Patient Counseling

Patient Counseling

PHARMACY NEWS PATIENT COUNSELING IWatchful Waiting' for Middle Ear Fluid in Children Otitis media with effusion, an ear problem that accounts for mor...

2MB Sizes 1 Downloads 72 Views


PATIENT COUNSELING IWatchful Waiting' for Middle Ear Fluid in Children Otitis media with effusion, an ear problem that accounts for more than 8 million physicians' visits by children per year, will usually get better without treatment. According to new guidelines from a panel convened by the Agency for Health Care Policy and Research (AHCPR), "watchful waiting" may be "preferable" to the use of antibiotics, the treatment most often used today. The panel said that otitis media with effusion, which is essentially fluid in the middle ear, often disappears on its own within three to six months.

"I think one of the biggest issues this recommendation addresses is that we overprescribe antibiotics for kids," said Leslie Hendeles, professor of pharmacy and pediatrics at the University of Florida. "In the absence of pain and fever, it makes sense to wait. Fifty to sixty percent or more of these cases will resolve themselves, so why subject kids needlessly to the possibility of allergic reactions or other side effects of antibiotics?" The guidelines are not aimed at acute otitis media, a painful infection of the inner ear that is often accompanied by fever. The fluid behind the eardrum that characterizes otitis media with effusion is often found after a child has been treated with antibiotics for an acute

The Ear

Inner ear

Tympanic membrane (ear drum)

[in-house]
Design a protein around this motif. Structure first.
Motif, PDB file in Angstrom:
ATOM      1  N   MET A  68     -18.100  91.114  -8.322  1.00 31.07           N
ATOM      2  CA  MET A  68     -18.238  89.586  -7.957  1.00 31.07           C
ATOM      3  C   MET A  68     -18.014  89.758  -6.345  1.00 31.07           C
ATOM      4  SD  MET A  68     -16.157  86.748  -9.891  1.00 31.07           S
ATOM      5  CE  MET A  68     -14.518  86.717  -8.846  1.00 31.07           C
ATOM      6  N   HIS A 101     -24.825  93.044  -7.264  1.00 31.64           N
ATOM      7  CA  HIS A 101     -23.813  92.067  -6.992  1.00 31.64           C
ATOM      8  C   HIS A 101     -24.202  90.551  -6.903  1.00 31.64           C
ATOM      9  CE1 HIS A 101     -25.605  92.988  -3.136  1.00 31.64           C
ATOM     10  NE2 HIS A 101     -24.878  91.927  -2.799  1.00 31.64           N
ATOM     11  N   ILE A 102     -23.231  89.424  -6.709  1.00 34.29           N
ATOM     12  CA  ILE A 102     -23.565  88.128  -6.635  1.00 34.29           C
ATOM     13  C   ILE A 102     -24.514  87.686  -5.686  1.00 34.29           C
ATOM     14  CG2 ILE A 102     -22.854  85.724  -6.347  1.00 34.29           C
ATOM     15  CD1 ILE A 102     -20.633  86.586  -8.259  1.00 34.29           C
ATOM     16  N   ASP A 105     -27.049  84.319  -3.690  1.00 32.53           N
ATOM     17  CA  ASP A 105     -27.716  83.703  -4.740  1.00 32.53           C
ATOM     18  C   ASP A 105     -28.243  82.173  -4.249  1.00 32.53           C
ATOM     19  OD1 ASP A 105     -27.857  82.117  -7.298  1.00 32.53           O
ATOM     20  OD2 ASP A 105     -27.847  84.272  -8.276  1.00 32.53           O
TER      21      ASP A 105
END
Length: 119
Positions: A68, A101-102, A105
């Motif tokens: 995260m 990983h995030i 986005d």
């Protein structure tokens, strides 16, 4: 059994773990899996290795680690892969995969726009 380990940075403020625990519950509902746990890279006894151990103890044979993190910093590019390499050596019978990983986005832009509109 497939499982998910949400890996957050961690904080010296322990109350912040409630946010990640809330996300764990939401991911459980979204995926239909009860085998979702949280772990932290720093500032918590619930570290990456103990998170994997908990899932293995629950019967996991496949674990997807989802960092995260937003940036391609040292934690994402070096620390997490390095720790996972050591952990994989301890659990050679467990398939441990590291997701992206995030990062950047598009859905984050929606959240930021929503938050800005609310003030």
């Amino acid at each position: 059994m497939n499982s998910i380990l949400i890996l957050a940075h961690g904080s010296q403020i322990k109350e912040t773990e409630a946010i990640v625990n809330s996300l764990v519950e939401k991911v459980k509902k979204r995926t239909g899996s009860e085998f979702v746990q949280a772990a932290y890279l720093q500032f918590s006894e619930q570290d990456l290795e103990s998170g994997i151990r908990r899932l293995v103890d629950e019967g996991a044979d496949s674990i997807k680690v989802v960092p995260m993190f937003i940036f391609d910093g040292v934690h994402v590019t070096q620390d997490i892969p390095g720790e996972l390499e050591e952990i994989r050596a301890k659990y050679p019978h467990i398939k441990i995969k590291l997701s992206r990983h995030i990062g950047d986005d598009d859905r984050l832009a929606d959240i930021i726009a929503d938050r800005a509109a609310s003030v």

infection and has returned to the doctor for a follow-up visit. Other cases are detected during routine pediatric visits or when a child seems to have impaired hearing or balance problems. "I remember one child who was just learning to sit up, all of a sudden he started to fall over because the fluid in his ear threw off his balance," said Rosalie Sagraves, a professor at the University of Oklahoma College of Pharmacy, who specializes in pediatrics. According to Sagraves, pharmacists must realize that otitis media with effusion is just one of many types of otitis media. "It's not that antibiotics are never appropriate, but with this condition, it's OK to wait a few months before turning to them," she emphasized. The guidelines released by the AHCPR panel of 19 pediatricians and other health experts cover generally healthy children aged one to three years. Key points include: • Observation is effective for most children because otitis media with effusion usually resolves itself in three to six months without any treatment. • Antibiotics appear to clear up the condition in a small number of children, but they also cause reactions such as diarrhea and rashes. • If the condition lasts for three months and the child is experiencing mild-tomoderate hearing loss in both ears, the options are either use of antibiotics or November 1994

Vol. NS34, No. 11

myringotomy (lancing the ear to draw out fluid), along with placing tympanostomy tubes to drain the fluid. • Steroid therapy for otitis media with effusion is not recommended for children of any age. • Antihistamines and decongestants should not be used to treat the condition. • In children under age four, the adenoids or tonsils should not be removed to treat otitis media with effusion unless those organs are diseased. In spring 1994, a report in JAMA (1994;271:1250-5)

argued that more than a quarter of surgeries to insert tympanostomy tubes in children's ears-the most common operation for children-may be inappropriate. These tubes are inserted not only to drain persistent middle-ear fluid but also to treat recurrent episodes of acute